Instead, we got the second series we’ll be talking about, and that is Street Fighter: The Animated Series. The Street Fighter Animated series aired between 1995 and 1997 with two 13-episode seasons to make a total of 26 episodes. 

It followed Guile and many of the characters from the Street Fighter universe as they fought against the forces of Shadaloo, which was a criminal organization headed by Bison. Like most cartoons of the 90s, Street Fighter had a Transformers-esque or G.I. Joe aesthetic which was really popular back in the day, and most of the episodes were self-contained, meaning that there were very few arcs.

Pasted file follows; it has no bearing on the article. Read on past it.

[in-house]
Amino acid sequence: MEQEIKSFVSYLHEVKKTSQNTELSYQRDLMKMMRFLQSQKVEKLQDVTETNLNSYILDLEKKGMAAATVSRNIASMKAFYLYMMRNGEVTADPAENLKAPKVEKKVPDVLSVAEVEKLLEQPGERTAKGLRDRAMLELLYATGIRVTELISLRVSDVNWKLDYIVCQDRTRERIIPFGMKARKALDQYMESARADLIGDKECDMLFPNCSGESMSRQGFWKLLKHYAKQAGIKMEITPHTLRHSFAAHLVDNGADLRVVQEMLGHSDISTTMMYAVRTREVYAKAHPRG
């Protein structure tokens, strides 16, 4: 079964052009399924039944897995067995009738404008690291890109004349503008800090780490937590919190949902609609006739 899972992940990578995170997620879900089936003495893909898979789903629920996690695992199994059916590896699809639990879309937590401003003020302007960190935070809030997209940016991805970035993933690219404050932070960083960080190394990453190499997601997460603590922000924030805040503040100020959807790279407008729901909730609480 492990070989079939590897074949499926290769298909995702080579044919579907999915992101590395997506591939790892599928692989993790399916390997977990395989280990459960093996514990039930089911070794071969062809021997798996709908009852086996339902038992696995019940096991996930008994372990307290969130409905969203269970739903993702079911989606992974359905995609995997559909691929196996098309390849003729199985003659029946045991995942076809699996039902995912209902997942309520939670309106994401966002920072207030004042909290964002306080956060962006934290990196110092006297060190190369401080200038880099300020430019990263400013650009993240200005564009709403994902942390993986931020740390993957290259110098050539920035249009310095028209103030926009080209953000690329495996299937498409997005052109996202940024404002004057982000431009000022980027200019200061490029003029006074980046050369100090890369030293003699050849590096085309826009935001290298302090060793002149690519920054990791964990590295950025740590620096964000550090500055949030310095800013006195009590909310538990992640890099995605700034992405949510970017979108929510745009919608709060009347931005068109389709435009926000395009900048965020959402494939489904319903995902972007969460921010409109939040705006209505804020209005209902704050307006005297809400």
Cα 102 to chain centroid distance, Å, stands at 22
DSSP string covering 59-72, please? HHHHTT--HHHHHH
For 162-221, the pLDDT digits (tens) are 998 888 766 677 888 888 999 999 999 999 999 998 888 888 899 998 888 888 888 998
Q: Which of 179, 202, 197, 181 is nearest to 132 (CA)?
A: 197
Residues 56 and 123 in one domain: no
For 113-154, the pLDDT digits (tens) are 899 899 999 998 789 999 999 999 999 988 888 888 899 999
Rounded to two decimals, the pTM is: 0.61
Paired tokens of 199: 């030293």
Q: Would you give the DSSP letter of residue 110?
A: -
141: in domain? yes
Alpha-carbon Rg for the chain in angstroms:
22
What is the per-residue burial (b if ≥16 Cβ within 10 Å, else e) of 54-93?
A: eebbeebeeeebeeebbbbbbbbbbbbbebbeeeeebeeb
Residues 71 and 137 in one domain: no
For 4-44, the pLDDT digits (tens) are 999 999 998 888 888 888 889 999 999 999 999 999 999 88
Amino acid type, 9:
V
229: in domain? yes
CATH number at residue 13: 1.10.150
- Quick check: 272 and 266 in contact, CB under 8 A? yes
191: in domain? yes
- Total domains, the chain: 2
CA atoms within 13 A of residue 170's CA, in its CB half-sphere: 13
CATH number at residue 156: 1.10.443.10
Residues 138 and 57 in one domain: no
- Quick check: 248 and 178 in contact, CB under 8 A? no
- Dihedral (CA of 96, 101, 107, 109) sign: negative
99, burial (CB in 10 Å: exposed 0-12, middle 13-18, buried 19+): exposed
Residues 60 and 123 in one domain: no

The show stayed mostly true to Street Fighter lore but also took elements from the 1994 Street Fighter movie that starred Van Damme. Most prominent of these loans was having Guile as the main protagonist of the show, and he led a team of ‘Street Fighters’ to fight against Bison. So, the Street Fighters, who consisted of Ryu, Ken, E. Honda, Chun li and Cammy, were the good guys and were described as a team of crime fighters. I mean, just look at this opening

Street Fighter opener

Isn’t this the most 90s cartoon thing you have seen?

Anyway, the story had some differences from the game, like the difference in occupation for Chun li and the fact that somehow E. Honda is a tech whiz. 

The show was not as well-regarded as Street Fighter II V, and after its two-season run, it ended without much fanfare.